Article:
Peter stifled a cough. He wasn’t ready for that one. “You believe in God?”

  “Well, not God. Not really. We call it our Higher Power.”

  Now he was confused. “How does that work?”

  “We believe that only a power higher than ourselves can restore us to sanity.”

  Just keep telling yourself that, Peter thought. “Oh, Jolly Good. So you’re on the mend, then?”

  “I’m clean, Peter.”

  “Yes, I see. Well then, any idea what to do next?”

  “I thought I’d ring up Victor, go round to the Beeb, see if he has any bits for me. What do you think?”

  Victor Fitzsimmons was the television producer who had “discovered” Pandora as a sixteen-year-old ingénue, giving her a major part on the disastrous but mercifully short-lived The Prince of Paupers. Pandora couldn’t act. She didn’t need to. The show only did as well in the ratings as it had because teenaged boys all over Britain tuned in weekly to ogle Pandora. But teenaged boys weren’t buying the advertiser’s product and the scripts and performances were uniformly terrible. The program went off the air after only a few months just as Pandora’s career as a model began to take off. If she thought she would be able to revive a career in acting looking the way she did now, she was sadly mistaken.

  “I think that’s a fantastic idea. Victor’s always got new tricks up his sleeve, and even if he doesn’t have anything now he’ll be able to get you an intro to someone who does.” Peter wasn’t certain that the fact that Pandora and Victor had also been lovers, however briefly, would help or hinder her intended reintroduction into television. If he had to pick, his guess was that Victor’s reaction to Pandora’s appearance would be like his own. He wouldn’t shag Pandora if his life depended on it. The only blokes who would were other junkies and chaps with some twisted concentration camp fetish.

  “Right. Well, there’s a whole queue of bands tomorrow. It’s going to be a long day and I’ve had a long one already so I’ll just get you a sheet.”

  He got up from the couch where she would sleep – for God’s sake he was not about to invite her into his bed tonight – and then as if from far away he heard the words come out of his mouth and was powerless to stop them, “And afterwards we’re all going to take a jaunt up the road to visit a house I’ve just inherited.”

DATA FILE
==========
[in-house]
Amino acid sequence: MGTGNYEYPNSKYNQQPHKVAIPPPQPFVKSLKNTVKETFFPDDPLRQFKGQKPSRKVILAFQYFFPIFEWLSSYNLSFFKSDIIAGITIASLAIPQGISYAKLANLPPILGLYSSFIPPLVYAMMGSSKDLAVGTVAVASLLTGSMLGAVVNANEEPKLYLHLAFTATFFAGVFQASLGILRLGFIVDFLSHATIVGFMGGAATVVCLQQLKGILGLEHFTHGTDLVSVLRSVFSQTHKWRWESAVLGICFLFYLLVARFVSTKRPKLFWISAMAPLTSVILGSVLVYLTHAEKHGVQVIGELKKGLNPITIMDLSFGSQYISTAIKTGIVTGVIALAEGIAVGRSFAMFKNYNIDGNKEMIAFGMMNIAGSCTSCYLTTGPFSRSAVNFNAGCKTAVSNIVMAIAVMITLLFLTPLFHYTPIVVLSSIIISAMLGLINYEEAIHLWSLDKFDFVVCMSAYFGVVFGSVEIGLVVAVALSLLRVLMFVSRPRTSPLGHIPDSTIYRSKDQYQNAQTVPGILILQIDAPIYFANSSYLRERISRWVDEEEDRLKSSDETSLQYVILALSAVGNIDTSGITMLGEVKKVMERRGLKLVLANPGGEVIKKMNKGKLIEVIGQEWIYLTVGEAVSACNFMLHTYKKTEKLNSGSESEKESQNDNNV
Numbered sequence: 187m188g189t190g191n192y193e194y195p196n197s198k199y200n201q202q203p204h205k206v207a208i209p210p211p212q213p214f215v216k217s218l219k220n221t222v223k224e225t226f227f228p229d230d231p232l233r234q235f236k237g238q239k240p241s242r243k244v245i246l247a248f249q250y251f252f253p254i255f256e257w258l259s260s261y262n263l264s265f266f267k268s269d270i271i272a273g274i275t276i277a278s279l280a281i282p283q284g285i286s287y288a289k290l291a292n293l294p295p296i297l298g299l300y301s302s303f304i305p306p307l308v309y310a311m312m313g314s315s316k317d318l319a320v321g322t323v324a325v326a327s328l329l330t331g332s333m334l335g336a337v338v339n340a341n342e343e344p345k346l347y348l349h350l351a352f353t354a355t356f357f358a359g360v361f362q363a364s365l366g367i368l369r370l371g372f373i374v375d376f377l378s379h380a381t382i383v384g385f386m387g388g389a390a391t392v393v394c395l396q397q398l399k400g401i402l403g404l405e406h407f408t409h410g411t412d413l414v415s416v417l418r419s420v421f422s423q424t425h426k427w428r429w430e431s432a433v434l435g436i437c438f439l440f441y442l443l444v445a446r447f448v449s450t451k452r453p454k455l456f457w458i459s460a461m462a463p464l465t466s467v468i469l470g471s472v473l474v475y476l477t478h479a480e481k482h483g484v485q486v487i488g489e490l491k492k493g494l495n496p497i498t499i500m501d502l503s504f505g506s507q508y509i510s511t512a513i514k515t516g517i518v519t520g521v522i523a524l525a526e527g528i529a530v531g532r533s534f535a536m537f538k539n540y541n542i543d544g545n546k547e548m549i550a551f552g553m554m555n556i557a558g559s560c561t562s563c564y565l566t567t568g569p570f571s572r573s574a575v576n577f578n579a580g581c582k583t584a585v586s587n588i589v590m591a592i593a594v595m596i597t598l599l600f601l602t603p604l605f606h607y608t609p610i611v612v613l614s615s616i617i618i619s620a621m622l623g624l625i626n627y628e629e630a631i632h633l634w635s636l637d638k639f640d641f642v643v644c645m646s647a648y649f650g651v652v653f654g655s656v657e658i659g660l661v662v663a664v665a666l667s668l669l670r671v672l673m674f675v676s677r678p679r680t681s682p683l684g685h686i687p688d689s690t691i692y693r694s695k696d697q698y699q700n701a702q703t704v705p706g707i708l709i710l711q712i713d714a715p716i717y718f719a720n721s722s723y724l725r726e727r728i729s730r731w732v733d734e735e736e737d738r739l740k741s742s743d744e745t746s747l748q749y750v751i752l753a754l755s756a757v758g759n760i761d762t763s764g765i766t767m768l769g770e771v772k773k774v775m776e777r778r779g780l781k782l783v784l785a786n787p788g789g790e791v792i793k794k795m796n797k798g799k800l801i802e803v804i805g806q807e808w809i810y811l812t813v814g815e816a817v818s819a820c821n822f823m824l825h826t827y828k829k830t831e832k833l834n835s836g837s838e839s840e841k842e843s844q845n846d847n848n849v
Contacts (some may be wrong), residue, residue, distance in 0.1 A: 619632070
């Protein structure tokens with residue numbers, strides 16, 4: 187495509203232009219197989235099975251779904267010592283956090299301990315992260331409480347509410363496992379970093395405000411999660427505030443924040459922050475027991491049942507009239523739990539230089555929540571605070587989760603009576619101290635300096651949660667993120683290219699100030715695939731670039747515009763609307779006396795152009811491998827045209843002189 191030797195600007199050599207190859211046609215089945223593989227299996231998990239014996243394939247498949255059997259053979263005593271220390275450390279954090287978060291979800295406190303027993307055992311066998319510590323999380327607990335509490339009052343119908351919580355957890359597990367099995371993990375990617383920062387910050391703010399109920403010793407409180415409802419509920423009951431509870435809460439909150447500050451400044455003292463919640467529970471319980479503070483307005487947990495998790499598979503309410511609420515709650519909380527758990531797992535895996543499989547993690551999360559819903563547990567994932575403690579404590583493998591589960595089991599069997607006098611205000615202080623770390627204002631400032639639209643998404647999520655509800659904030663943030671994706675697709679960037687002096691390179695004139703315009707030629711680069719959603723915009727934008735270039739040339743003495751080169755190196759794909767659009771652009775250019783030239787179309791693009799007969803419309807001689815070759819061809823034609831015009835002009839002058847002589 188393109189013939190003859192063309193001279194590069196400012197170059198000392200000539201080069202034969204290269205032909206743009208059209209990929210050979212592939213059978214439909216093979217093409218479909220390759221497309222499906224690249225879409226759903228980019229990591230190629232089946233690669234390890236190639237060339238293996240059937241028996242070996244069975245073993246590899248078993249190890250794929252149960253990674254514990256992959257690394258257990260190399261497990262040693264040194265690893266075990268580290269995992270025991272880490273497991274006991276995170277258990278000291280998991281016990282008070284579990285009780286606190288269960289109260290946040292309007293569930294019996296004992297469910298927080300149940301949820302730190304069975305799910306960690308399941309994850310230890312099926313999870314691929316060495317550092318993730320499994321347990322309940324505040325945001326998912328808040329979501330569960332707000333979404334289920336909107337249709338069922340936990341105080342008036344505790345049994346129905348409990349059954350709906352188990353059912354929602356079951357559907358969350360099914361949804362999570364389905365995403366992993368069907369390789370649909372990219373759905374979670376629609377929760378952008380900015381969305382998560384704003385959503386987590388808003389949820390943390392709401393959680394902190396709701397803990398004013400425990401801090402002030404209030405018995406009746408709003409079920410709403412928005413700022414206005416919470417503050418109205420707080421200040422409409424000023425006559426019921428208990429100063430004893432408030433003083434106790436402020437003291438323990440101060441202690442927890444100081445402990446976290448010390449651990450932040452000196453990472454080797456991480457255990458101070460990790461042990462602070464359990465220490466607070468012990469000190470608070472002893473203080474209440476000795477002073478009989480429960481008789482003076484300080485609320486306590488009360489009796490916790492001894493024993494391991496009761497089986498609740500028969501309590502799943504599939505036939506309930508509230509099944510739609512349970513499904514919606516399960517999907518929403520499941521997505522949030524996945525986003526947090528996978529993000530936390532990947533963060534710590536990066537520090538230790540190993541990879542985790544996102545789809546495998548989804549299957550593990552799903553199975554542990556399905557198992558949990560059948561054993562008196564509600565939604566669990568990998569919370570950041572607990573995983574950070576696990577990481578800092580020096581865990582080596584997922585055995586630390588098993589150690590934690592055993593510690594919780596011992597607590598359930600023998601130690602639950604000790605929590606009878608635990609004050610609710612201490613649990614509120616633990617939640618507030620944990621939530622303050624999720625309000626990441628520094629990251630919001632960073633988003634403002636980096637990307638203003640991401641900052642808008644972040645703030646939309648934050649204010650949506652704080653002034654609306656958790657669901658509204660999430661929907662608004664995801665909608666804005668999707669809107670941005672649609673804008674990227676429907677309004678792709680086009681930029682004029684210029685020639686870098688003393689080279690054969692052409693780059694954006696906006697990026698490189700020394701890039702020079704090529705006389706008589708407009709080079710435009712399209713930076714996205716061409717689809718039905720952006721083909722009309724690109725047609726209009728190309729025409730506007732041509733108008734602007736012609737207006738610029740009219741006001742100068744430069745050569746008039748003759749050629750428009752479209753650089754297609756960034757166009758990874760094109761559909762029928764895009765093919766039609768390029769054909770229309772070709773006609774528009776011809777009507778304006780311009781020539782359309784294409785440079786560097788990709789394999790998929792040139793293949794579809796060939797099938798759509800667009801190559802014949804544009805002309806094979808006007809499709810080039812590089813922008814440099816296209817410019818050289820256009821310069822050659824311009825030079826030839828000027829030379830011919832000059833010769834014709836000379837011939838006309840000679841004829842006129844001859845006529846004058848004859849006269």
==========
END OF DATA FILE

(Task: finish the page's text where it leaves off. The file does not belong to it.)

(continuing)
When he came back Pandora was already asleep. He tucked the sheet up around her and turned out the light.

  4.

  They ate lunch on the lawn by the Serpentine, the five of them, and Peter was glad to see each of them so happy. Barnard handed out purple tabs of acid with all the solemnity of a priest presenting the Eucharist. Peter watched with a wary eye, but Pandora was in her own world and showed little interest in what the others were doing, even when the first joint was lit and passed among the other four. A full belly and a good night’s sleep had done her good and when she stretched out on the grass, her face turned toward the sun, Peter could see something of her former beauty struggling to break the surface.

  Barnard had traded in his purple velvet suit for a purple African tunic with a strand of shells encircling his neck and a pair of large black sunglasses. Naked children dove into the Serpentine, scattering ducklings along the shore. Bree watched with a blissful smile on her face and then took a quick romp through the water herself. Her gauze white dress became glued to every voluptuous curve, her ripe nipples displayed proudly for all to see.

  Someone had painted white butterfly wings around Tristan’s eyes and when the band unleashed thousands of white butterflies, he shrieked in ecstasy, spinning madly like a dervish until he was swallowed up by the mass of cavorting bodies that seemed to constantly press itself closer and closer to the stage.

  Everywhere Peter looked, people had turned on in a dazzling array of glistening skin and streaks of kaleidoscopic colors. As usual, he had overdressed in one of his stifling black suits, but as the afternoon sun beat down and the crowd sweated in unison, clothes along with inhibitions were shed.

  Later, he might wonder what had become of most of his wardrobe but hope it had found a good home. He wandered barefoot through the crowd, his starched white shirt unbuttoned and hanging from his shoulders, the sun warm against his pasty skin.

  A blond hippie chick peeled her bright yellow dress off in front of Peter and scampered topless through the crowd.

  A trio of fairy girls joined hands and danced in a circle around him. One of them crowned him with a chain of daisies and bestowed a kiss on his lips before turning to kiss her friend – the tease – but Peter could only smile and extend his hand, feeling their beautiful vibes radiating into his fingertips. Just as quickly as they had appeared they scampered away, silver trails like fairy dust sparkling in their wake.

  A man in a magician’s hat and what was left of a tuxedo handed Peter a joint and then vanished into the ether. Peter puffed and felt his lungs expand with the power of the universe. A group of leather jacketed bikers improvised a dance – their rhythm snaked and curled like a writhing serpent slithering among the jams radiating from the band onstage. He felt his own serpent uncoil at the base of his spine and worm its way upward through his body until it exploded from the crown of his head, a shower of magic cascading around him.